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'I Can Be Myself:' Dexter Jordan on Singing R&B and Loving His Identity

Heather Liebler Photography 1.jpg
Heather Liebler Photography
Dexter Jordan performing neo-soul/R&B music at CreativeMornings/Charlotte.

Acceptance is a recurring theme for up-and-coming R&B crooner Dexter Jordan: accepting new friends and collaborators in the Charlotte music community, accepting new sounds and inspiration for his full-length release Blue, accepting grief and the many paths it takes through life and, more importantly, accepting one’s self (the good, the bad and the potential therein).

"If Charlotte was a person, I would say… ‘Even though you may not think that people are looking at you, people are always looking at you. People are always wanting to see more of you and your creativity, even if you may not think so. [So] strive for the best.' If Charlotte was a person, I would say, ‘Don’t give up girl! Do not give up.’ "
– Dexter Jordan, R&B crooner

Interview Highlights:

On his gospel roots:

My mom was a singer in the church, and my father was (and still is) a minister of music in the church. So that’s how I got started in music at an early age, just singing in church. [Gospel music was a huge influence], especially when it came to singing with feeling and singing from the heart. Every time I sing, everyone’s like, “You’re from the church.” I can’t take that away from my voice.

On playing music with the support of his family:

[Music] was our medicine. It was what we did to always come together. Whether we were upset or anything like that, music [helped us] become better as a family.

My mom would always let me know that I had potential, that I could [make music]. [She taught me] to be very confident in what I had. Even at a young age, I went to an all-arts high school because of my mom. And every time in church, she would always want me to sing, and she'd have her phone camera out [to record]. Even in New York, I’ve been on the Apollo [Theater] because of her. She’s always been very supportive and letting me know I had something.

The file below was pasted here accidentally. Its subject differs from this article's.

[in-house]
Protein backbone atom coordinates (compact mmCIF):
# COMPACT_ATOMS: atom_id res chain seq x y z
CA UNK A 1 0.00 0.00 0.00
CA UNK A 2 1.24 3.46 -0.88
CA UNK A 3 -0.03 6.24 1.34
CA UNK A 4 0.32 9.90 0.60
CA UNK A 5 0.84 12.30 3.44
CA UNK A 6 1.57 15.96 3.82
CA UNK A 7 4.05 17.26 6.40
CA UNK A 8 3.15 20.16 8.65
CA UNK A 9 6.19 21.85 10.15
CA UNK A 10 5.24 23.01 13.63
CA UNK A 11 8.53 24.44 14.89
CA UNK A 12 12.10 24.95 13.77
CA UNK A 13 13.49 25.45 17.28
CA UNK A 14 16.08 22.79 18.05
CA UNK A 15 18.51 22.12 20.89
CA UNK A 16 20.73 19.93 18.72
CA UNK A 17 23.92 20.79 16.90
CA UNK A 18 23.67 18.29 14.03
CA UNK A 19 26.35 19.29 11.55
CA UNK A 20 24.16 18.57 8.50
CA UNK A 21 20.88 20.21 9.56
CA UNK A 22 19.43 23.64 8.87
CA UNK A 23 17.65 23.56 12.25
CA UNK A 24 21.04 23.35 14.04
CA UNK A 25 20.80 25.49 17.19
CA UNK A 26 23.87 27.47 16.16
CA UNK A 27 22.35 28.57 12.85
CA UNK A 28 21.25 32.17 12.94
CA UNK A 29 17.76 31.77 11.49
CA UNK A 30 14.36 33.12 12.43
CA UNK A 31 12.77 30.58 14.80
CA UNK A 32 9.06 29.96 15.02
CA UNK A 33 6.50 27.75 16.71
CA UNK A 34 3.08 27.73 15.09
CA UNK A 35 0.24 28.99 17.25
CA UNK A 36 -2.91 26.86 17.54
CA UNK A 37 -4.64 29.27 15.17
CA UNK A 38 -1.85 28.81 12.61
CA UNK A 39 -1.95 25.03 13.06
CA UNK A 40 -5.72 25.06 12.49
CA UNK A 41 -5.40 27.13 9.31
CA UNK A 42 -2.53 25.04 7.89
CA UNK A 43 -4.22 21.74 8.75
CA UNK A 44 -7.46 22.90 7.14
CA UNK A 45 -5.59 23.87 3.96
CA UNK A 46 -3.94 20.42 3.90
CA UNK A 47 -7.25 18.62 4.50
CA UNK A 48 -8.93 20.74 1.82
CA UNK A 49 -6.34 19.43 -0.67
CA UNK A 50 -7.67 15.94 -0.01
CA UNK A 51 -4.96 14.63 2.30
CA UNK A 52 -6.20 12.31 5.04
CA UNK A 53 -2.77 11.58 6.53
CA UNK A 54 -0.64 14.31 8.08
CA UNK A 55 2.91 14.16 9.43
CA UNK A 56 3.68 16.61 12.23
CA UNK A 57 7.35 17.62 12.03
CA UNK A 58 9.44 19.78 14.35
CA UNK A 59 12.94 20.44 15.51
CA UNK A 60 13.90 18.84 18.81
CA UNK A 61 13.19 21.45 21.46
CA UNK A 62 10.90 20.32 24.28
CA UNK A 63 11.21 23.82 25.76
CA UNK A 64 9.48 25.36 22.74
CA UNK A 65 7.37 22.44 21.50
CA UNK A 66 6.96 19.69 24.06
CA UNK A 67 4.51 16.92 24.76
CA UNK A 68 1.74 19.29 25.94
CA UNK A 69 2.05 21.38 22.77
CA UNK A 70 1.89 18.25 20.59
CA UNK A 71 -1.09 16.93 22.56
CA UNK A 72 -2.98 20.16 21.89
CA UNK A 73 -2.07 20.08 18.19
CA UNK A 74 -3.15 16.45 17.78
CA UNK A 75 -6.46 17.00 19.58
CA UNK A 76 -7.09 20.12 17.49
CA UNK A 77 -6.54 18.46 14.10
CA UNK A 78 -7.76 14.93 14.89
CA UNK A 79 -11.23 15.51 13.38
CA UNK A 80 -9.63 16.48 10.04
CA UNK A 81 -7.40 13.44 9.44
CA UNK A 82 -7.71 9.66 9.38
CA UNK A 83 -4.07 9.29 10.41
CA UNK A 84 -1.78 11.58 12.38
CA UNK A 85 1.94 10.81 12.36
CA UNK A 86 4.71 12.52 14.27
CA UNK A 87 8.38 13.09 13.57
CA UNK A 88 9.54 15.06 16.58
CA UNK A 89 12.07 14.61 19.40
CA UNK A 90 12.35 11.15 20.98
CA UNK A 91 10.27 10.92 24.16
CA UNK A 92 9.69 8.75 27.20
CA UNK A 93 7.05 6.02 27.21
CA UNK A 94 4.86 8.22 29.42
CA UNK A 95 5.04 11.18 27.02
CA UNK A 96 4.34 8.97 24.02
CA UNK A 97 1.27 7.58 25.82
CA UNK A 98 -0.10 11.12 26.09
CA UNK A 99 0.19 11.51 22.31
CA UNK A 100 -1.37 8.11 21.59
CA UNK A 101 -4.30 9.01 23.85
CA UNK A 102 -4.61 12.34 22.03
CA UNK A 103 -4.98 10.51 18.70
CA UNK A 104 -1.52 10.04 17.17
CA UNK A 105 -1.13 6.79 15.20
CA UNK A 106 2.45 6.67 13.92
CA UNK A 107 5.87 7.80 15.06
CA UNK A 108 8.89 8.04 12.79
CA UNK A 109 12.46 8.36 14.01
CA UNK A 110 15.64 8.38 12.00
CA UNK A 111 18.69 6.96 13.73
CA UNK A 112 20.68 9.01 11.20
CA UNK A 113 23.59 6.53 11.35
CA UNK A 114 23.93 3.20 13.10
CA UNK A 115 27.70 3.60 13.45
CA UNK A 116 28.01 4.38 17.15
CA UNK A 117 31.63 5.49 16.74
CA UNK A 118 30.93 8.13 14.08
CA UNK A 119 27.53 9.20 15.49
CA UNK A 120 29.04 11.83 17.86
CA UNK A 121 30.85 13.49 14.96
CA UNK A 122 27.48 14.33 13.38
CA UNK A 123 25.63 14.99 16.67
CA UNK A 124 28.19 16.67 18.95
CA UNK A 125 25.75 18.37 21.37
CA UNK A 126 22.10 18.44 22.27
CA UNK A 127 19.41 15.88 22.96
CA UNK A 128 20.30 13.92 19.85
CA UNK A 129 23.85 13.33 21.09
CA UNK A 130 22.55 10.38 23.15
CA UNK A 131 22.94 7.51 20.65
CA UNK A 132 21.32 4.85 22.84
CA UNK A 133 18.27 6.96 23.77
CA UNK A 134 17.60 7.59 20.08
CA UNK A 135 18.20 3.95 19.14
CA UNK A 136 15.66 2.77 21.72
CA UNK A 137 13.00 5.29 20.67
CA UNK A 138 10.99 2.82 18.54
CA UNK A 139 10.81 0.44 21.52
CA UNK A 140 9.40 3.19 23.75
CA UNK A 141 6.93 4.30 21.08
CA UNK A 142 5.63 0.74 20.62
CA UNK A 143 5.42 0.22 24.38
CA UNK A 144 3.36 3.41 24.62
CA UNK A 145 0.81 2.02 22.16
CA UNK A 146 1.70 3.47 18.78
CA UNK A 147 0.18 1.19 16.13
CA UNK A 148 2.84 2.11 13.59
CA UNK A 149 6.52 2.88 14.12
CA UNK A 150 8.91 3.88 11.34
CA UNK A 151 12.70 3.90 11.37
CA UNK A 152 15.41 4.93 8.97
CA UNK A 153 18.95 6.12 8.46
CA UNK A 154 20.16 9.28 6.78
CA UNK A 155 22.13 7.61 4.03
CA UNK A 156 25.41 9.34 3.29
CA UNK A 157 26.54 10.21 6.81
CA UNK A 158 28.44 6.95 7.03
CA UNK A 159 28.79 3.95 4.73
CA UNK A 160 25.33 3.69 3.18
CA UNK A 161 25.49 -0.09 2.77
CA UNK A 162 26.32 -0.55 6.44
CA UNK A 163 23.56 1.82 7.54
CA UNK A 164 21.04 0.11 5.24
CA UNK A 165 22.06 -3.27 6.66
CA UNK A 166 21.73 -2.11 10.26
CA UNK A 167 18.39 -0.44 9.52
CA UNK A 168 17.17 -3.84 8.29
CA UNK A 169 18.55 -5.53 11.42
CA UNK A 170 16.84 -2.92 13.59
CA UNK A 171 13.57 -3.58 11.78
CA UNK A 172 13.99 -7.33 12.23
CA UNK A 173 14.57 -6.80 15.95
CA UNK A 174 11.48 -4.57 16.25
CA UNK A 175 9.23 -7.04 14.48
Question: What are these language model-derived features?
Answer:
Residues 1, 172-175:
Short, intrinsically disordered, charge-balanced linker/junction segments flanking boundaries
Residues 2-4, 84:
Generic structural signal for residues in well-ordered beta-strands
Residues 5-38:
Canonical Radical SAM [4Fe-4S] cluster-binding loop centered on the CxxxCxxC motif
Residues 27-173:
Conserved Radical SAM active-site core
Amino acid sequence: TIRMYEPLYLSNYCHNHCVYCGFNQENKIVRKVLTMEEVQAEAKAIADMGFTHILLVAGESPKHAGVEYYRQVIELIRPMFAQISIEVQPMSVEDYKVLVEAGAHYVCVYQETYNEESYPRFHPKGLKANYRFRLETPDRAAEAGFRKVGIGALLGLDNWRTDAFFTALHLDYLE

On performing at Harlem’s legendary Apollo Theater as a teenager:

I was 13 years old. I still can’t believe that happened. It was weird to be this country boy in New York, just trying to figure things out. It was the highlight of my career, seeing my mom screaming on the side. I will never forget that time.

In the ‘90s in Alabama, we would look at the Apollo and all the talent on there. I just never thought it would be me [on that stage, too].

When I was becoming an artist and understanding myself as an artist, I was not as flamboyant or as accepting of myself. But that has definitely changed. If I want to wear makeup, I’ll wear makeup. If I want to put on pink, I’ll put on pink. I love myself more now versus the beginning of my artistry. It’s helped me understand that I can be myself, and that’s okay.

Music featured in this #WFAEAmplifier chat:

Dexter Jordan - “Separate the Right from the Wrong”
Dexter Jordan - “Be Cool”
Dexter Jordan - “Mumble”
Dexter Jordan - “Green Moon”
Dexter Jordan - “Hello, New Me”
Dexter Jordan - “Snow”
Dexter Jordan - “Me”

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Joni Deutsch is happy to call Charlotte home as WFAE's manager for on-demand content and audience engagement, where she's led the first Charlotte Podcast Festival and helped produce such podcasts as FAQ City, SouthBound, Inside Politics, Work It and the Apple Podcast chart-topping series She Says. In addition to being an NPR Music contributor, Joni is also the creator and host of WFAE’s Charlotte music podcast Amplifier.